This article was crafted with the help of Kolb Electric, Inc.

There are certain aspects of home ownership and maintenance that are easily tackled by homeowners with do-it-yourself skills. However, when it comes to electricity, issues are best left to a professional.

“It is much less expensive to have the work done in the first place by an electrician on a non-emergency basis than to run into serious problems, which usually occur after hours, require emergency service, and are often pricey,” advises Gus Boesl of Kolb Electric in Washington, DC and the surrounding area.

Add to those elements the danger of shock or death from accidentally mishandling electrical components or old, tricky wiring, and you’ll be sure to think twice about risking your own safety versus calling a qualified electrician.

When to Contact Your Local On-Call Electrician

open electrical box with exposed wires

It may seem simple enough to pull down that ugly light fixture and replace it with something more your style, but what if you find something you weren’t expecting? What if the wires aren’t labeled correctly? What if the previous homeowners wired the fixture with audio speaker wire? (And yes, I’ve seen that. It isn’t pretty.)

We live with electricity every day, but the reality is that it’s far from harmless. The voltage entering your home from the street is enough to kill you. That voltage is stepped down as soon as it hits your electrical meter, but it is not something to mess with if you have any doubts at all about your abilities to correct electrical problems.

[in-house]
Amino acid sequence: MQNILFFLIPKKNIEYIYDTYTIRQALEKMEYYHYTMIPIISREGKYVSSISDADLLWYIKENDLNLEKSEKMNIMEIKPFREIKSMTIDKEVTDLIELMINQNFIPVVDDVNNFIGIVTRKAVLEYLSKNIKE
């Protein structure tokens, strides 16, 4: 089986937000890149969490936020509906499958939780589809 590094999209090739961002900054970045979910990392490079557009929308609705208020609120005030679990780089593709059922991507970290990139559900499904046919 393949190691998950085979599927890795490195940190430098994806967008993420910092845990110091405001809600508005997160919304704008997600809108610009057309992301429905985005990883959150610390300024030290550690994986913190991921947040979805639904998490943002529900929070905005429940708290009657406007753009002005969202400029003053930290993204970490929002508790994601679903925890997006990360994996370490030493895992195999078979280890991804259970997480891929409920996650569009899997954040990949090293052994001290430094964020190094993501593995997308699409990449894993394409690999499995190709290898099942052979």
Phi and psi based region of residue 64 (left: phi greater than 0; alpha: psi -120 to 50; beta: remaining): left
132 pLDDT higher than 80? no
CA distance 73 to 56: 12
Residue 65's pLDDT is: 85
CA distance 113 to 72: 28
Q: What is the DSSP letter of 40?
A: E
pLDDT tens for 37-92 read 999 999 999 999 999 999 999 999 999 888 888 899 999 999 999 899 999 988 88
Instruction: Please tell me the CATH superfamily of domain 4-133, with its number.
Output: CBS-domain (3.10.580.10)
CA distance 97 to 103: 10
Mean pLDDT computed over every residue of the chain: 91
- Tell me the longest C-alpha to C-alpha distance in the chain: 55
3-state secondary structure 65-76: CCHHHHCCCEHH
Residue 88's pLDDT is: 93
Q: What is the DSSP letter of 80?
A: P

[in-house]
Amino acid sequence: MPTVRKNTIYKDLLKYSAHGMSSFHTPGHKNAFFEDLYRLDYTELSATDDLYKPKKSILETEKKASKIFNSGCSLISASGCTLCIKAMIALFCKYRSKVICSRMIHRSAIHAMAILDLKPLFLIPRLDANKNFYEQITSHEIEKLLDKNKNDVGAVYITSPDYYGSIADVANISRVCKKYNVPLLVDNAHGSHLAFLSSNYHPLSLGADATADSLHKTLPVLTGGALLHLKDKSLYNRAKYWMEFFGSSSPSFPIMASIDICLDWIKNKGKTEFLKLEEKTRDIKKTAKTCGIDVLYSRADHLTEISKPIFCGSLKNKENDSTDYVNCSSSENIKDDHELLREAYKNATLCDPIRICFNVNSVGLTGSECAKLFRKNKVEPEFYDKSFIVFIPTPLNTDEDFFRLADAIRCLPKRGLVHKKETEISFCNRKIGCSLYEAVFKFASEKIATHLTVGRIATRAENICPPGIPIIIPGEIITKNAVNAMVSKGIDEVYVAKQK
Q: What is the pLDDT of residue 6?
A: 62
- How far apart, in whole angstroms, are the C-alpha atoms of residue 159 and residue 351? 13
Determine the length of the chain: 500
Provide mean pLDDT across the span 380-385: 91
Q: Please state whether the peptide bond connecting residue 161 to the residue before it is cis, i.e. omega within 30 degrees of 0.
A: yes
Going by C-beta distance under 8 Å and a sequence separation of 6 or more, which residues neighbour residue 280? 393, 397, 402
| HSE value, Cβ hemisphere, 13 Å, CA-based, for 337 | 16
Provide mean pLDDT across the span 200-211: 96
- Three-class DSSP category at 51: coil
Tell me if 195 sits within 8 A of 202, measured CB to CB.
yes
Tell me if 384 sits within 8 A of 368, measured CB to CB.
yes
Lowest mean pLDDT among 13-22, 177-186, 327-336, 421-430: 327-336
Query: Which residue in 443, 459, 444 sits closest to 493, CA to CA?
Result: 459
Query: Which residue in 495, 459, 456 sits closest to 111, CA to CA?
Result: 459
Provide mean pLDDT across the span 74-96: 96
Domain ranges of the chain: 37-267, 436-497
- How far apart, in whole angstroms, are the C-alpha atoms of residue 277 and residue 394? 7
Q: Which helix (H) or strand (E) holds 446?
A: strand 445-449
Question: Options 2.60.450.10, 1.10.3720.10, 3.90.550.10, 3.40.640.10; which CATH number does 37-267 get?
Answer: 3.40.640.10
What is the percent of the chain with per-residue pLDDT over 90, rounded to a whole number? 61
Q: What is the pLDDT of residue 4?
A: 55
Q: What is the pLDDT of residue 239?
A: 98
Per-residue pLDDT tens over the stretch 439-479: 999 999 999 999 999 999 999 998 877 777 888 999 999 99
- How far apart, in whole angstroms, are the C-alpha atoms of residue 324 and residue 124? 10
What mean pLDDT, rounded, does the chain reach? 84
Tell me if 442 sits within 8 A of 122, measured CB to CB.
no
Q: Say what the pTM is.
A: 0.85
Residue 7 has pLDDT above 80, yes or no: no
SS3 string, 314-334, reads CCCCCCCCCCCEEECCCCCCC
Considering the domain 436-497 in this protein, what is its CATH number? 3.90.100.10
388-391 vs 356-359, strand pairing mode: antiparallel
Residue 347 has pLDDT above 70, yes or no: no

Can you flip a tripped breaker without the help of an electrician? Absolutely—with the caveat that the breaker hasn’t been tripping every day for weeks on end. Should you try to fix that outlet that smells weird every time you turn on your reading lamp? Probably not.

So, when should you call your electrician? Keep reading for some general guidelines.

1. A switch or receptacle no longer works.

This can be a tough call because in some cases, a nonfunctional switch or receptacle is the result of a tripped GFCI or circuit breaker. It’s not uncommon at all for a GFCI outlet in your kitchen to trip if you use several power-hungry appliances at the same time. (Speaking from experience, a microwave, electric kettle, and toaster oven will do the trick.)

If this sounds familiar (or you suspect something similar has happened), check the GFCI outlets in the room in question. Be sure to also check your home’s main electrical panel for any tripped breakers. In most cases, there’s no need to panic over a tripped breaker or GFCI. When they interrupt a circuit, they are doing exactly what they’re supposed to do.

If resetting the GFCI or breaker doesn’t work, or if you are dealing with an ongoing problem with dead outlets, call an electrician to investigate and find the source of the issue.

2. One of the breakers in your electrical panel keeps tripping.

The occasional tripped breaker is a nuisance, but it’s probably nothing to worry about. If, however, you are unable to reset the breaker, or if the breaker trips continuously, call a pro for help.

3. You need to install a new electrical fixture.

The most common installation requests electricians deal with are fixtures, ceiling and attic fans, and outdoor lighting, Gus says.

Because a host of sketchy wiring mistakes can be made and then disguised behind drywall, installing new electrical fixtures is often more complicated than it appears at first glance. You’re always better off letting a professional electrician handle the job.